BALTIC Centre for Contemporary Art, Gateshead Quays, South Shore Road, Gateshead, NE8 3BA

  • BALTIC Thomas Scheibitz 1
    Title : BALTIC Thomas Scheibitz 1
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    Title : BALTIC Thomas Scheibitz 10
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    Title : BALTIC Thomas Scheibitz 2
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    Title : BALTIC Thomas Scheibitz 3
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    Title : BALTIC Thomas Scheibitz 5
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    Title : BALTIC Thomas Scheibitz 6
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    Title : BALTIC Thomas Scheibitz 8
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Thomas Scheibitz: ONE-Time Pad
BALTIC Centre for Contemporary Art
26 July - 3 November 2013
Review by Michael Mulvihill

ONE-Time Pad is an encryption method that, if used correctly, should be impossible to crack. Its beauty is in its simplicity, consisting of changing random keys that are typed onto pages of two identical pads of paper. One pad is used to create the ciphered message while the other is used to decipher the message; no encryption is ever repeated hence the name one time pad. Yet there is a fundamental problem in the nature of randomness whereby it is never random enough; this means a true one time is a technological mirage, a myth suspended between the real and ideal. It is within these kinds of ideological fissures that art can operate.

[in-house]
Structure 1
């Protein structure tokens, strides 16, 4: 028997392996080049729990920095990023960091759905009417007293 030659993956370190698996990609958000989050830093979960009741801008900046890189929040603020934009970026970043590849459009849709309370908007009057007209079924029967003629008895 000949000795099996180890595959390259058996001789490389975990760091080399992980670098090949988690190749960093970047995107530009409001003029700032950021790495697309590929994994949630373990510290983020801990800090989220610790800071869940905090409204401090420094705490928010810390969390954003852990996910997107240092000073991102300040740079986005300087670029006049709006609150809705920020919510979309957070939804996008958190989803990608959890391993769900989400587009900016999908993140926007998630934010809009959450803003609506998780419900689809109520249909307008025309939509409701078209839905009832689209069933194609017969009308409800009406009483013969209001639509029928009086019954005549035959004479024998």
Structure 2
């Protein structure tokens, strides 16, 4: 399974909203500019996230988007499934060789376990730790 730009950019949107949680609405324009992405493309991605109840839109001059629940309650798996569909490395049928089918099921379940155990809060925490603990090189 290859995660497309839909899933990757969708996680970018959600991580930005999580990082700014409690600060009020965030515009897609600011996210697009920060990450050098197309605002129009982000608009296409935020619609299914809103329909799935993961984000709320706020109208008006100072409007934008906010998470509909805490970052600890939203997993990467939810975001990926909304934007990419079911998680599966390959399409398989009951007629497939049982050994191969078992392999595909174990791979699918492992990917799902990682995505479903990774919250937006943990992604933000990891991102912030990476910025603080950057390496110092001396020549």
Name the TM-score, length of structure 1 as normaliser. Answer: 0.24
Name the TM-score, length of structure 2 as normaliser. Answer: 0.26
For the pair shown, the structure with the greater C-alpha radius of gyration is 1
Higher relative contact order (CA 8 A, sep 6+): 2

Thomas Scheibitz has adopted ‘ONE-Time Pad’ as the title for both an individual painting and this immaculate survey exhibition at BALTIC Centre for Contemporary Art. The exhibition consists of over two hundred works of painting, sculpture and items from Scheibitz’s archive of works on paper and collected objects. The work is split between two floors with BALTIC’s immense upper gallery laid out like collection of antiquarian artefacts, with large sculptures occupying three grand plinths and paintings hung around the surrounding walls. The paintings and sculpture are suspended between figuration and abstraction; they are beautifully constructed with finely articulated lines of permanent marker against rich fields of oil colour. These works are simultaneously alien and familiar, assimilating images drawn from the whole span of art history, where figures in the style of Francis Bacon merge with medieval heraldic icons and the typography of the everyday street sign.

The archive of collected material, displayed in vitrines which also insinuate museological objects, is like a Rosetta stone for decoding Scheibitz’s working process. The archive gives a profound sense that the artist is engaged in a heuristic search to decipher the enigma of shapes, geometry and imagery. For Scheibitz the ONE-Time Pad is a simile for a key to decipher the abstract and figural configurations in his work. This key is suggested in the painting ‘One-Time pad’ (2012) that consists of architectural forms and typography. The suggestion of a key is also apparent in the sculpture ‘Masterplan’ (2010) which is made of a cube intersected by sheets of glass and contains all the materials Scheibitz uses in his other sculptures. This apparent arcane searching for meaning transcends a conventional structuralist reading of Scheibitz’s oeuvre in terms of ‘post-modern’ abstraction. Instead Shiebitz is aligned with the metaphysical pythagorean philosophers of Ancient Greece who sought the elusive knowledge of hidden geometry of the five platonic solids. Scheibitz, almost in acknowledgement of these ancient philosophers, creates a self-portrait, a fallen monument entitled ‘EX Block’ (2012). The sculpture consists of a letter T toppled from the top of a tall white column, reminding us that long after civilisations disappear their Art remains to be decoded.

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